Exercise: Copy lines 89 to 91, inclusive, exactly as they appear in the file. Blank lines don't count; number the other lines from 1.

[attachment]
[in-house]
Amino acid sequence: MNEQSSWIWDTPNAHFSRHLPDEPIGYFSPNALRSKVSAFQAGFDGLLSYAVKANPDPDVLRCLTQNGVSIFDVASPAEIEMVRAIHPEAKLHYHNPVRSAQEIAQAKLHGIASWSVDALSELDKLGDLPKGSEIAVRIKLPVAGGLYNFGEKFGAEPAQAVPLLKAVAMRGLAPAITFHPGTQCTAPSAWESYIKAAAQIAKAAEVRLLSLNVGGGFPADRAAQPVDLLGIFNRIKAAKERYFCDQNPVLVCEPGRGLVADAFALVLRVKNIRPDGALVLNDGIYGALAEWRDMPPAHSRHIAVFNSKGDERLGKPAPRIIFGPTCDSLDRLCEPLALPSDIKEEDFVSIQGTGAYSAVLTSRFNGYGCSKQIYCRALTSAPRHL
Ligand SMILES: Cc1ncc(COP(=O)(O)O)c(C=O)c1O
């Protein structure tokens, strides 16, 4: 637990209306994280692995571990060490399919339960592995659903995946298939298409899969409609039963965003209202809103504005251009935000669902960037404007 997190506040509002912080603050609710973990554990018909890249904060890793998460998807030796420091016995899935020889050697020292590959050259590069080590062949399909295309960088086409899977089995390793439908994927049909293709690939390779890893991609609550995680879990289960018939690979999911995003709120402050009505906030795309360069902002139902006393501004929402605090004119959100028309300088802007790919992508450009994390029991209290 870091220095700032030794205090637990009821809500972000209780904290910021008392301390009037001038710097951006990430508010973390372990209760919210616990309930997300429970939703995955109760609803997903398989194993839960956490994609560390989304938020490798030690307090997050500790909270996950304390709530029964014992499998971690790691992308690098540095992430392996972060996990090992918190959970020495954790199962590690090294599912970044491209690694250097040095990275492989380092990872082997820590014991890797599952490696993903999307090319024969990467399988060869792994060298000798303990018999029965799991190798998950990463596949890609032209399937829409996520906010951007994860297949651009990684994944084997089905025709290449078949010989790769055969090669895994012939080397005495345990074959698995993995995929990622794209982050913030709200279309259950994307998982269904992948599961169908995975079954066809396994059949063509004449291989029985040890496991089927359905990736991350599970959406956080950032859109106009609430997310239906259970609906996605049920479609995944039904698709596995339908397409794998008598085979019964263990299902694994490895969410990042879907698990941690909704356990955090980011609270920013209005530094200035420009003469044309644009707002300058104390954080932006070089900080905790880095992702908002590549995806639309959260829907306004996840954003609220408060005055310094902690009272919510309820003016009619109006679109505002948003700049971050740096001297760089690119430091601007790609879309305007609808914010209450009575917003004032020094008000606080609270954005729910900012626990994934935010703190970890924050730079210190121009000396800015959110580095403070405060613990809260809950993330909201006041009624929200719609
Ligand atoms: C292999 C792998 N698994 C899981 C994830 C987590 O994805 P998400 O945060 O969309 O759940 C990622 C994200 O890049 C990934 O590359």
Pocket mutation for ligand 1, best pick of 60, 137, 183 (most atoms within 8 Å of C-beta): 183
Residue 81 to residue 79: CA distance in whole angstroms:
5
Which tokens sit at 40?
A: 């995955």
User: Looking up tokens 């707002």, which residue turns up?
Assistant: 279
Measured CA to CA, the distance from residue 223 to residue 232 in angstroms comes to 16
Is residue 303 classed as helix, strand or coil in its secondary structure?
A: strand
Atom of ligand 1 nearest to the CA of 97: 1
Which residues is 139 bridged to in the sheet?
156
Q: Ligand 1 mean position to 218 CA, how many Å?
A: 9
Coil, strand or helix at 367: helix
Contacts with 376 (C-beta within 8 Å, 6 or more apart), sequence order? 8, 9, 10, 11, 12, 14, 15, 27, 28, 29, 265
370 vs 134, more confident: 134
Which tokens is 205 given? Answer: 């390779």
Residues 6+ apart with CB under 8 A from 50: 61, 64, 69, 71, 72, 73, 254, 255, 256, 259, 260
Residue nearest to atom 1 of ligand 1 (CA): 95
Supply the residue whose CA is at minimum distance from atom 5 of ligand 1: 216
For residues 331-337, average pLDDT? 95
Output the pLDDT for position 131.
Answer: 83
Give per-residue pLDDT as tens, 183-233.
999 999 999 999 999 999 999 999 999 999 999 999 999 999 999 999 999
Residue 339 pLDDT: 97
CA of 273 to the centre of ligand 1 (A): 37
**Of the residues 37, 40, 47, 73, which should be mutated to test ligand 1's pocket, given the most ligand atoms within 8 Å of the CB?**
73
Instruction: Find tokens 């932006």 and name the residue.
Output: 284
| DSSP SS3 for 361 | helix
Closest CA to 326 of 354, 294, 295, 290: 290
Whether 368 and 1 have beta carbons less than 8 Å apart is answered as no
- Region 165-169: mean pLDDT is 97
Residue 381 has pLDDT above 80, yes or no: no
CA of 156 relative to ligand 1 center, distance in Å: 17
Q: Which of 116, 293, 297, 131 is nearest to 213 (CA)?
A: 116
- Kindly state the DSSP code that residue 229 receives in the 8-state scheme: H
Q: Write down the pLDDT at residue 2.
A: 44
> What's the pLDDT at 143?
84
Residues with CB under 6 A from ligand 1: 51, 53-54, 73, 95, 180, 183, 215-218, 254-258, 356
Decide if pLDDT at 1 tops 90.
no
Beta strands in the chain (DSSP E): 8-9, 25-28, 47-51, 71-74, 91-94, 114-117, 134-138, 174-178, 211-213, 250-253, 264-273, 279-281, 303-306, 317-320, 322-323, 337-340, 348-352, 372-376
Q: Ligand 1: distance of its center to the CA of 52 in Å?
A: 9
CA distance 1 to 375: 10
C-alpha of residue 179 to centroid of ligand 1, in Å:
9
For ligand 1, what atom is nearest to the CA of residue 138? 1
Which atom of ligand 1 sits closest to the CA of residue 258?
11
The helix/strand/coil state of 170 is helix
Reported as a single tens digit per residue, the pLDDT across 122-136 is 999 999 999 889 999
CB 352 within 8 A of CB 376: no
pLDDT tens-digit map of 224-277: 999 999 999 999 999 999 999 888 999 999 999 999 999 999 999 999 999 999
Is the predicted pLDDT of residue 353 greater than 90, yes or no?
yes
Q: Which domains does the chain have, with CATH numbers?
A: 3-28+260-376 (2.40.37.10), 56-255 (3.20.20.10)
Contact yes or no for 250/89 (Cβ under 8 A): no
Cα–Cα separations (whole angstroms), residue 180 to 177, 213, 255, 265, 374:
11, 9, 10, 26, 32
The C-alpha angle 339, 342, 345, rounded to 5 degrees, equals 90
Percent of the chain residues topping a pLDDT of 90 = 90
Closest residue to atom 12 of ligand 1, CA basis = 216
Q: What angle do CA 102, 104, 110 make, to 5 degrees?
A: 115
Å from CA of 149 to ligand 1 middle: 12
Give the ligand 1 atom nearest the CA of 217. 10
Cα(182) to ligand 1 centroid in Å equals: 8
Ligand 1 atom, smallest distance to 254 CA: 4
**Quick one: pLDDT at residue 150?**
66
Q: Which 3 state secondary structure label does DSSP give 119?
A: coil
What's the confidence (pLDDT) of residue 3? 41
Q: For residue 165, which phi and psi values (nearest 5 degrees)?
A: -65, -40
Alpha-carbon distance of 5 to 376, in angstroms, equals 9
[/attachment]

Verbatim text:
Q: For residue 165, which phi and psi values (nearest 5 degrees)?
A: -65, -40
Alpha-carbon distance of 5 to 376, in angstroms, equals 9